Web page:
• 6 ounces spaghetti, with 1/2 cup starchy pasta water set aside a third to a half cup basil pesto or vegan pesto
  • For drizzling, extra-virgin olive oil is used. If desired, add freshly squeezed lemon juice. Freshly grated Parmesan (or vegan Parmesan)
  • 4 cups arugula
  • 2 tablespoons pine nuts
  • A few pinches of red pepper flakes
  • Sea salt and freshly ground black pepper
  • 4 tablespoons pine nuts
  • Cook the pasta in a large pot of salted boiling water according to package directions or until it is al dente, about 10 minutes longer. Before draining the starchy cooking liquid, save aside 1/2 cup of it for later use. In a large pan set over very low heat, mix the pesto, 1/4 cup of the leftover pasta water, and salt and pepper to taste
  • Transfer to a large serving bowl to cool. Add the pasta and toss to coat, adding additional pasta water if necessary to get a loose sauce consistency. How much water you’ll need will be determined by the thickness of your pesto. Turn the heat down to a minimum. Taste and season with lemon juice, salt, and pepper to taste. After that, toss in the arugula until it is slightly wilted. Immediately before serving, garnish with the red pepper flakes and pine nuts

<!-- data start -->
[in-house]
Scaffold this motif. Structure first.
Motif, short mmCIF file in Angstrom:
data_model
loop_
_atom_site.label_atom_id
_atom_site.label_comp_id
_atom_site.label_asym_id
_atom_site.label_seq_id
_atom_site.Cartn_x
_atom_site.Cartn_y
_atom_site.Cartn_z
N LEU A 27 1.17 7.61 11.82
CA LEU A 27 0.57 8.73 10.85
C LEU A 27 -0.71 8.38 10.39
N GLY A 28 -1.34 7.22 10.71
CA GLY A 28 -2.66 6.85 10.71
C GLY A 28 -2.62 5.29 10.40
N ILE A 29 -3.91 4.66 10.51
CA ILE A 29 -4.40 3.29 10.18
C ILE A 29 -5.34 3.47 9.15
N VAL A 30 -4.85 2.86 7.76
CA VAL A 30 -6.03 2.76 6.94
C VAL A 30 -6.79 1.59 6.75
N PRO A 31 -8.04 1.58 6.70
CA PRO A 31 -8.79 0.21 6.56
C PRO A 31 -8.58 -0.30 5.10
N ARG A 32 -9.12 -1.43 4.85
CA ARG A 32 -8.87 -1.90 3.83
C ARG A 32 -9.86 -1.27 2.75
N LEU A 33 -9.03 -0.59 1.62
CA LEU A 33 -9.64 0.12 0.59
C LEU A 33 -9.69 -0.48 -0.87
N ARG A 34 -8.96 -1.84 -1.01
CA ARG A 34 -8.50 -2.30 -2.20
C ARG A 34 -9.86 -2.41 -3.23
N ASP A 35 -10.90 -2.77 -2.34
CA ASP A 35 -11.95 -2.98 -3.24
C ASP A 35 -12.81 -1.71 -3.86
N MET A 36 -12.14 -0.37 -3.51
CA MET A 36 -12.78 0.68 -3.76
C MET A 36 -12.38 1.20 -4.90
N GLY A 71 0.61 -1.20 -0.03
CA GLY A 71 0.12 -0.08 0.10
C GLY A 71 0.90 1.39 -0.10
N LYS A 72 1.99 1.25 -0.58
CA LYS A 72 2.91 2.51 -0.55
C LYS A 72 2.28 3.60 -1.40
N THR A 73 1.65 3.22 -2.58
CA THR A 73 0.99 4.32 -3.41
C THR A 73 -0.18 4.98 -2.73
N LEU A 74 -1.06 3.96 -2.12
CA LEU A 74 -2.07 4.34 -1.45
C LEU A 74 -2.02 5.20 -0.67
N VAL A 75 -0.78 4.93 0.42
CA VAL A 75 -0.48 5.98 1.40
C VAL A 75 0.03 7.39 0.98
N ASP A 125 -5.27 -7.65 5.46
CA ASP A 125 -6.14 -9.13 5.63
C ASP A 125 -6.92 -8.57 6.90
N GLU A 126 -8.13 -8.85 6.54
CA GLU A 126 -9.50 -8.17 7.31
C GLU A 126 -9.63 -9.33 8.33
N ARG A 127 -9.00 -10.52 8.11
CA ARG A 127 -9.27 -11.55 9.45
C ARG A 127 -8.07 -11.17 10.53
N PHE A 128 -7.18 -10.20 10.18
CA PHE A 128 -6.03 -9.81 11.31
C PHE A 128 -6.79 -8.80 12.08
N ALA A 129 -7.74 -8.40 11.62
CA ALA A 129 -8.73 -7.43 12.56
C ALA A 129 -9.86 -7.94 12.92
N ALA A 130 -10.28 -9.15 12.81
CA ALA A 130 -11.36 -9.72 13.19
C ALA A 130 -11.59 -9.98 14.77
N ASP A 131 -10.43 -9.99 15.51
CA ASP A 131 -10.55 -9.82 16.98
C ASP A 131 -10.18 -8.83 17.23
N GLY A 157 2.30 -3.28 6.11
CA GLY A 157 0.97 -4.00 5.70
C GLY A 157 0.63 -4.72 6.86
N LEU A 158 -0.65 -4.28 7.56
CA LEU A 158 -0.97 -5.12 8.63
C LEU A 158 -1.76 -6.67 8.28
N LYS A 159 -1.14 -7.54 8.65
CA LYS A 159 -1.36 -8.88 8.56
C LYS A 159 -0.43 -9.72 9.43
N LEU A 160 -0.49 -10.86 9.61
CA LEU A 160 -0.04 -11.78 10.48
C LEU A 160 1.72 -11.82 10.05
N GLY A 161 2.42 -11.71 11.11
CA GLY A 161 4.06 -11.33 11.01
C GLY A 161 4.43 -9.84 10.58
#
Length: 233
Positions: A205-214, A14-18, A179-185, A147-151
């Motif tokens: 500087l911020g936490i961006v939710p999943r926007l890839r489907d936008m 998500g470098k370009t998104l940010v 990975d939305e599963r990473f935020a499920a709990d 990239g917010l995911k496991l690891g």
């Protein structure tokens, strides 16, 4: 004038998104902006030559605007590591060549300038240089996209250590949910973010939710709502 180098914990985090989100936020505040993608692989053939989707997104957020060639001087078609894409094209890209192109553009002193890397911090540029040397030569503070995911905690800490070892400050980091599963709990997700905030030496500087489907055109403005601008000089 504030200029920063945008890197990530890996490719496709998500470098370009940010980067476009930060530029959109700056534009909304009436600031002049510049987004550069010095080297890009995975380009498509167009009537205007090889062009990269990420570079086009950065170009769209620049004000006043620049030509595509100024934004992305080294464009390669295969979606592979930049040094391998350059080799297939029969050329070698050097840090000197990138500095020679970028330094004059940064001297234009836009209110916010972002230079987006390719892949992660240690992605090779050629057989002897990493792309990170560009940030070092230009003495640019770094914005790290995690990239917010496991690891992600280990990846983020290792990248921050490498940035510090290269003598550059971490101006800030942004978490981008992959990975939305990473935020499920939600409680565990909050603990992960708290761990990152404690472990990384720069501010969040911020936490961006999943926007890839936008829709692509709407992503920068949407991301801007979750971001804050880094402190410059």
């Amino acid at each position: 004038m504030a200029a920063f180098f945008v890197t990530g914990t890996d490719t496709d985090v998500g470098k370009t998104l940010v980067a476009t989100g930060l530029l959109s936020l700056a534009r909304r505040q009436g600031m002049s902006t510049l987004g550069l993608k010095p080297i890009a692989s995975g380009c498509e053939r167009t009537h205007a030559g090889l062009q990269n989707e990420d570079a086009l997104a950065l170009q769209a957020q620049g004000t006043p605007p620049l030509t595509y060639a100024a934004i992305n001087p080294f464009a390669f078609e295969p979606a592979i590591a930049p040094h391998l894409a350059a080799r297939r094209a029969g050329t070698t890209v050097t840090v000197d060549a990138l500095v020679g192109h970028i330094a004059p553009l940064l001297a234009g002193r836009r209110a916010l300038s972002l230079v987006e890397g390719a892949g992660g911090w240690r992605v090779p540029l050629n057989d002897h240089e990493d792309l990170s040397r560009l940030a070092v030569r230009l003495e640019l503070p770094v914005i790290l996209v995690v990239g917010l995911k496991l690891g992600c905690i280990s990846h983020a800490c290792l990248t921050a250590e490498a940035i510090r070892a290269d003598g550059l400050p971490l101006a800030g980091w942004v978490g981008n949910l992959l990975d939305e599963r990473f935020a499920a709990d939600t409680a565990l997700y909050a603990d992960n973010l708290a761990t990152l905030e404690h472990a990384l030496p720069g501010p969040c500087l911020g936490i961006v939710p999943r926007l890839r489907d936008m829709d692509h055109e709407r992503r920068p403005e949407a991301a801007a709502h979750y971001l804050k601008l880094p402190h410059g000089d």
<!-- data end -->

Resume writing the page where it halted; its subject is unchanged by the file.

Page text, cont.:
This is not a paid article; I simply adore Gotham Greens and wanted to share my enthusiasm.

Easy Pesto Pasta Recipe (Plus A Leveled Up Version)

In an earlier post this week, I shared my favorite recipe for Basil Pesto. Pesto may be used in a variety of ways, but this simple Pesto Pasta recipe is one of my all-time favorite dishes. It is possible that this content contains affiliate links. The term “Pesto Spaghetti” refers to pasta that has been prepared with pesto sauce. Grated Parmesan cheese and freshly ground black pepper are my favorite toppings for my. In the event that I’m feeling particularly adventurous, I may add in some chopped cherry tomatoes and pine nuts.

  • It may be served hot, warm, or chilled, and you can add any other ingredient that goes well with basil to make it your own.
  • Because there are just a few ingredients in this recipe, you want to be certain that they are of the highest quality.
  • Afterwards, the Parmesan cheese should be finely shredded fresh.
  • Last but not least, the pesto must be delectable.
  • Because basil isn’t always in season during the winter months, I prefer to use store-bought pesto during those months.

How to Make Pesto Pasta